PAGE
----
Keane, J. V., Tielens, A. G. G. M., Boogert, A. C. A., Schutte, W. A. & Whittet, D. C. B. Ice absorption features in the 5–8 µm region toward embedded protostars. Astron. Astrophys. 376, 254–270 (2001).
Cohen, M. et al. The infrared emission bands. I. Correlation studies and the dependence on C/O ratio. Astrophys. J. 302, 737–749 (1986).
Endress, M., Zinner, E. & Bischoff, A. Early aqueous activity on primitive meteorite parent bodies. Nature 379, 701–703 (1996).
Waters, L. B. F. M. et al. Mineralogy of oxygen-rich dust shells. Astron. Astrophys. 315, L361–L364 (1996).
Jäger, C. et al. Steps toward interstellar silicate mineralogy IV. The crystalline revolution. Astron. Astrophys. 339, 904–916 (1998).
Molster, F. J. et al. Low-temperature crystallization of silicate dust in circumstellar disks. Nature 401, 563–565 (1999).
Kessler, M. F. et al. The Infrared Space Observatory (ISO) mission. Astron. Astrophys. 315, L27–L31 (1996).
Lester, D. F. & Dinerstein, H. L. An infrared disk at the center of the bipolar planetary nebula NGC 6302. Astrophys. J. 281, L67–L69 (1984).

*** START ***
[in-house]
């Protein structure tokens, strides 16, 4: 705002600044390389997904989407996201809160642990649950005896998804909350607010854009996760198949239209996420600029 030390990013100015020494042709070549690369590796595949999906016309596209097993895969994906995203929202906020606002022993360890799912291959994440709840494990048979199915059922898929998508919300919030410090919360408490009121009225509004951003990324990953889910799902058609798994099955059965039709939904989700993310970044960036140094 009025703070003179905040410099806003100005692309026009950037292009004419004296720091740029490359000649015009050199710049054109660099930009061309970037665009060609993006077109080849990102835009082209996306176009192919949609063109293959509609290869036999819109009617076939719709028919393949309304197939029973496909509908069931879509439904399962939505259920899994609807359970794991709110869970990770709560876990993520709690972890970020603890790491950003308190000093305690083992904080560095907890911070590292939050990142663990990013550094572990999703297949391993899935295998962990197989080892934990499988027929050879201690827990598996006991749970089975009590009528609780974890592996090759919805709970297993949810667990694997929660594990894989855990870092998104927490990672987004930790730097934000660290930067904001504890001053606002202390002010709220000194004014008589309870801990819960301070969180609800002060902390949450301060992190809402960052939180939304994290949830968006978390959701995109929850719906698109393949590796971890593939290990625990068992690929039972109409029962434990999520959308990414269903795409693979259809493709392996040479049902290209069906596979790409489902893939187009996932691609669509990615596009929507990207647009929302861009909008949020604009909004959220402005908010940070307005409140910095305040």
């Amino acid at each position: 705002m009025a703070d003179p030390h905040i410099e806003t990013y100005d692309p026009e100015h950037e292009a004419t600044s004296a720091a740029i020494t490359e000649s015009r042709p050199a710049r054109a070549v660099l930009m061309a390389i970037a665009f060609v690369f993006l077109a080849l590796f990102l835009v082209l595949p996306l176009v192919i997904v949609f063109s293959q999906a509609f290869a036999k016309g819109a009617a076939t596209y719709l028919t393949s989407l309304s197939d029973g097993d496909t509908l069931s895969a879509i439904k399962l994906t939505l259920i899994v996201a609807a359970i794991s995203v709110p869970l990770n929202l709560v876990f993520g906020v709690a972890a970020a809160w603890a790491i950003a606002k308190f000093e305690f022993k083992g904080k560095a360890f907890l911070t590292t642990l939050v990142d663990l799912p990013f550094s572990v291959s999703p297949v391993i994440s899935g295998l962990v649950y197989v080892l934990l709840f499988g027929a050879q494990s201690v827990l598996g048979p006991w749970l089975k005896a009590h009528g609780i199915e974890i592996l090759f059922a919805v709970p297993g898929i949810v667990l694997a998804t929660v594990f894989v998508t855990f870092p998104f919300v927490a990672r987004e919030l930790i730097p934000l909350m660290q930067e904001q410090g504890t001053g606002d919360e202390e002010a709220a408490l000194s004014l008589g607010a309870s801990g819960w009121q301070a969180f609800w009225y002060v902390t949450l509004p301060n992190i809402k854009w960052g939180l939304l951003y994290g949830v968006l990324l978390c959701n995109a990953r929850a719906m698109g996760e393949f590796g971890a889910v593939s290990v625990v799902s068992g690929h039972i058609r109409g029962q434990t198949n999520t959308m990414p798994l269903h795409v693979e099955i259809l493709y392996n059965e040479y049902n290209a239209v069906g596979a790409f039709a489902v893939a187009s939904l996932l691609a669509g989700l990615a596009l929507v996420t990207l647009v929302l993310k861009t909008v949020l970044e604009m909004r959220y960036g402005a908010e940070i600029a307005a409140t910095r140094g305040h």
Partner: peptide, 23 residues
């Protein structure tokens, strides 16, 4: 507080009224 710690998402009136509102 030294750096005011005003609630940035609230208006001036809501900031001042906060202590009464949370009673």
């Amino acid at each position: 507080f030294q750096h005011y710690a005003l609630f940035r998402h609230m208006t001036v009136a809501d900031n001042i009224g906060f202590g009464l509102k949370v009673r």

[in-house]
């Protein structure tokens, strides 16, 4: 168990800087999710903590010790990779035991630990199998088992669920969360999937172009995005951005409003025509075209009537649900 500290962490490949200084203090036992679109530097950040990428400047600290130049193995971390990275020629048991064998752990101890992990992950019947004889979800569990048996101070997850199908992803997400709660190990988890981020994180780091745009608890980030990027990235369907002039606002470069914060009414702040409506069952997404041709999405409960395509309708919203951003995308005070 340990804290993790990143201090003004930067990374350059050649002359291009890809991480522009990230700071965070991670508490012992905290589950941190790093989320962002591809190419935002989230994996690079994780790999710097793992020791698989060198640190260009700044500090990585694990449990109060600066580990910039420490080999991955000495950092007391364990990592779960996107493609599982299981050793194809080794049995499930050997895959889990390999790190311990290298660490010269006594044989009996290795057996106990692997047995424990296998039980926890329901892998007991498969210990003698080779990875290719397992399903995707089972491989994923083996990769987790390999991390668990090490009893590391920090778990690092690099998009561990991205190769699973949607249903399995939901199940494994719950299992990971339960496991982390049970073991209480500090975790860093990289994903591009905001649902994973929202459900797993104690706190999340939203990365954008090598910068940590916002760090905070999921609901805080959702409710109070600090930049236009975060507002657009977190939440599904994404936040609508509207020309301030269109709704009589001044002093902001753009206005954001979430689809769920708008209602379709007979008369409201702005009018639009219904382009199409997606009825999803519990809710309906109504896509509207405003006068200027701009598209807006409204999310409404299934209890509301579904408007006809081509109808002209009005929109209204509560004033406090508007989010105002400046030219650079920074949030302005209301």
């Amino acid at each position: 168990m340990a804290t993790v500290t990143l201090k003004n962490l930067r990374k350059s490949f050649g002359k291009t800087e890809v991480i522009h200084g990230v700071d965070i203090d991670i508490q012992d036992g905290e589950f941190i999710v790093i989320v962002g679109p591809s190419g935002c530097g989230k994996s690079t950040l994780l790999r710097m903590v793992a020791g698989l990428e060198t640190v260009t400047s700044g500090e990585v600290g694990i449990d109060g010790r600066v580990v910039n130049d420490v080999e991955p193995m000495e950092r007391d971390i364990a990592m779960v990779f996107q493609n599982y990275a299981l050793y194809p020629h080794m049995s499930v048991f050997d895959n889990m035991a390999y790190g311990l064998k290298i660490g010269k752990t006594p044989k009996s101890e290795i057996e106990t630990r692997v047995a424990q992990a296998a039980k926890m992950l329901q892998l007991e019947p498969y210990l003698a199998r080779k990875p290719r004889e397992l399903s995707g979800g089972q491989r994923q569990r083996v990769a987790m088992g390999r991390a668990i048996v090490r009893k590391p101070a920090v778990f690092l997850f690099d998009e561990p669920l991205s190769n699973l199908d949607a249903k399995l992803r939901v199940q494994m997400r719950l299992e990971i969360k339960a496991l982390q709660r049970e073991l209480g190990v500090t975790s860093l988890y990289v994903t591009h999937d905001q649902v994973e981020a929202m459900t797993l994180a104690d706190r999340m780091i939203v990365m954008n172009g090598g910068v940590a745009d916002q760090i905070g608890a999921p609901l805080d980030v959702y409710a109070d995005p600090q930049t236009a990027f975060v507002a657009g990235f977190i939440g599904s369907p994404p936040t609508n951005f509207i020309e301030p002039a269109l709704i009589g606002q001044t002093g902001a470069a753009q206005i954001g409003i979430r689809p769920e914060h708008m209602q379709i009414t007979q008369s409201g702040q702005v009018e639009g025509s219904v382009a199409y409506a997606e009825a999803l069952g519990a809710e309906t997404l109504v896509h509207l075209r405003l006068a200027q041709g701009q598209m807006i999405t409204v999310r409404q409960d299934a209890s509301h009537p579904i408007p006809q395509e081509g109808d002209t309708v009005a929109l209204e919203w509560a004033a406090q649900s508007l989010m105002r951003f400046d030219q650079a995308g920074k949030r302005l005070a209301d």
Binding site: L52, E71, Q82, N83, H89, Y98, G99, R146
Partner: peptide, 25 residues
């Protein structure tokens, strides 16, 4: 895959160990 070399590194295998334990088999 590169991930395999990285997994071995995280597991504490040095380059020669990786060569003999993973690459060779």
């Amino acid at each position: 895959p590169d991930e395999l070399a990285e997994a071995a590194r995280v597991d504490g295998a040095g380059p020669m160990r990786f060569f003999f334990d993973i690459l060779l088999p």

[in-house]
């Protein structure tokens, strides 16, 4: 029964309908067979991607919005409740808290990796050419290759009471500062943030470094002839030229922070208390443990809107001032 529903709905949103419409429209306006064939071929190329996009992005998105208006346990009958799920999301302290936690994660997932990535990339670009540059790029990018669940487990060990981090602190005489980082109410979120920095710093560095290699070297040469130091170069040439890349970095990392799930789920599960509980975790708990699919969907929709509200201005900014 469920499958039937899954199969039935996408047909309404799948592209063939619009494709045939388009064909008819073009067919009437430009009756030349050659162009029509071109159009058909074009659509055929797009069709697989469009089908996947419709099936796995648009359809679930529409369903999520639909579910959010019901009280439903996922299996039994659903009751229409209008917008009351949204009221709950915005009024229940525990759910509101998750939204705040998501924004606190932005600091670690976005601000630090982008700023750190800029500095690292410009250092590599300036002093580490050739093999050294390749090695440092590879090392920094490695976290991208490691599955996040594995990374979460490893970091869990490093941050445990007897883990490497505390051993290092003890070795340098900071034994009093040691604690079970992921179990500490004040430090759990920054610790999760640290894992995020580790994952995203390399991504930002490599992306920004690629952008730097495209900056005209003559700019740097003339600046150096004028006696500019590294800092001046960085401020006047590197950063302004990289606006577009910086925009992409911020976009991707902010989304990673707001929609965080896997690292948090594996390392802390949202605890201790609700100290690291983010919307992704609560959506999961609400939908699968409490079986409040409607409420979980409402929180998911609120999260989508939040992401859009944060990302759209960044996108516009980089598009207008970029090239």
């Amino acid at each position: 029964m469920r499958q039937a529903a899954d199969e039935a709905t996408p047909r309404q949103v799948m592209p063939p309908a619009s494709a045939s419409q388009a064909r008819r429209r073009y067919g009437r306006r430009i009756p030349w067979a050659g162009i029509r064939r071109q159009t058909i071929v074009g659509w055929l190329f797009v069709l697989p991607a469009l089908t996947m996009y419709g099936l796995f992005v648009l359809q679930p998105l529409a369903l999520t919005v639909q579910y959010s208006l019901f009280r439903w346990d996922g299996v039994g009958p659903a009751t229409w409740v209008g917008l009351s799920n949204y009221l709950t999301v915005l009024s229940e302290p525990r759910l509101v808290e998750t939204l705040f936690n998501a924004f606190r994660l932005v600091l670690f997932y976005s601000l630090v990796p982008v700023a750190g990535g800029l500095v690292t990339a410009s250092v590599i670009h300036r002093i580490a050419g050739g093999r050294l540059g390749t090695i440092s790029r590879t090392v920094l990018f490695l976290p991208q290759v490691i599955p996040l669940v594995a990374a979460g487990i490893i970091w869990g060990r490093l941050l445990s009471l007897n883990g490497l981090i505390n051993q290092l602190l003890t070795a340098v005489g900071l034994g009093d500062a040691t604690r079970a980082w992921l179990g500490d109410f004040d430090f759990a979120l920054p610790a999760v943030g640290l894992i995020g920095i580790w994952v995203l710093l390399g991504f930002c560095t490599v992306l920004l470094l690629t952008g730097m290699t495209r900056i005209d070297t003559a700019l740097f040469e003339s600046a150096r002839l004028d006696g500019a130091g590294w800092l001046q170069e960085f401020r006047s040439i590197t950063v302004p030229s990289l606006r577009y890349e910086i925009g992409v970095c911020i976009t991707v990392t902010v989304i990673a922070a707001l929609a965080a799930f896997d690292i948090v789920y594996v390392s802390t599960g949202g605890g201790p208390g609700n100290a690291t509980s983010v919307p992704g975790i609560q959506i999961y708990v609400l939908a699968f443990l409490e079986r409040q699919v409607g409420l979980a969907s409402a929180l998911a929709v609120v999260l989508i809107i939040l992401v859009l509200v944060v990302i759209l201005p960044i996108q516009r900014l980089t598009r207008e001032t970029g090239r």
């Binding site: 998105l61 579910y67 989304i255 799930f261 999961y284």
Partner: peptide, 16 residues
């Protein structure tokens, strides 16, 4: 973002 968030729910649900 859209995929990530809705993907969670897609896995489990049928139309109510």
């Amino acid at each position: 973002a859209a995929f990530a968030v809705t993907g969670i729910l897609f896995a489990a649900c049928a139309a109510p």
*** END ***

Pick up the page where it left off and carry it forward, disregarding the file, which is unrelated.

Corradi, R. L. M. & Schwarz, H. E. The kinematics of the high velocity bipolar nebulae NGC 6537 and HB 5. Astron. Astrophys. 269, 462–468 (1993).
Gonzalez-Alfonso, E. & Cernicharo, J. The water vapor abundance in circumstellar envelopes. Astrophys. J. 525, 845–862 (1999).
Payne, H. E., Philips, J. A. & Terzian, Y. A young planetary nebula with OH molecules—NGC 6302. Astrophys. J. 326, 368–375 (1988).
Metzler, K., Bisschoff, A. & Stoeffler, D. Accretionary dust mantles in CM chondrites—Evidence for solar nebula processes. Geochim. Cosmochim. Acta 56, 2873–2897 (1992).
Pottasch, S. R. & Beintema, D. A. The ISO spectrum of the planetary nebula NGC 6302. II. Nebular abundances. Astron. Astrophys. 347, 975–982 (1999).
Rietmeijer, F. J. M. A model for diagenesis in proto-planetary bodies. Nature 313, 293–294 (1985).
Lancet, M. S. & Anders, E. Carbon isotope fractionation in the Fischer-Tropsch synthesis and in meteorites. Science 170, 980–982 (1970).
Pope, K. O., Ocampo, A. C., Fischer, A. G., Morrison, J. & Sharp, Z. Carbonate condensates in the Chicxulub ejecta deposits from Belize. Lunar Planet. Sci. 27, 1045–1046 (1996).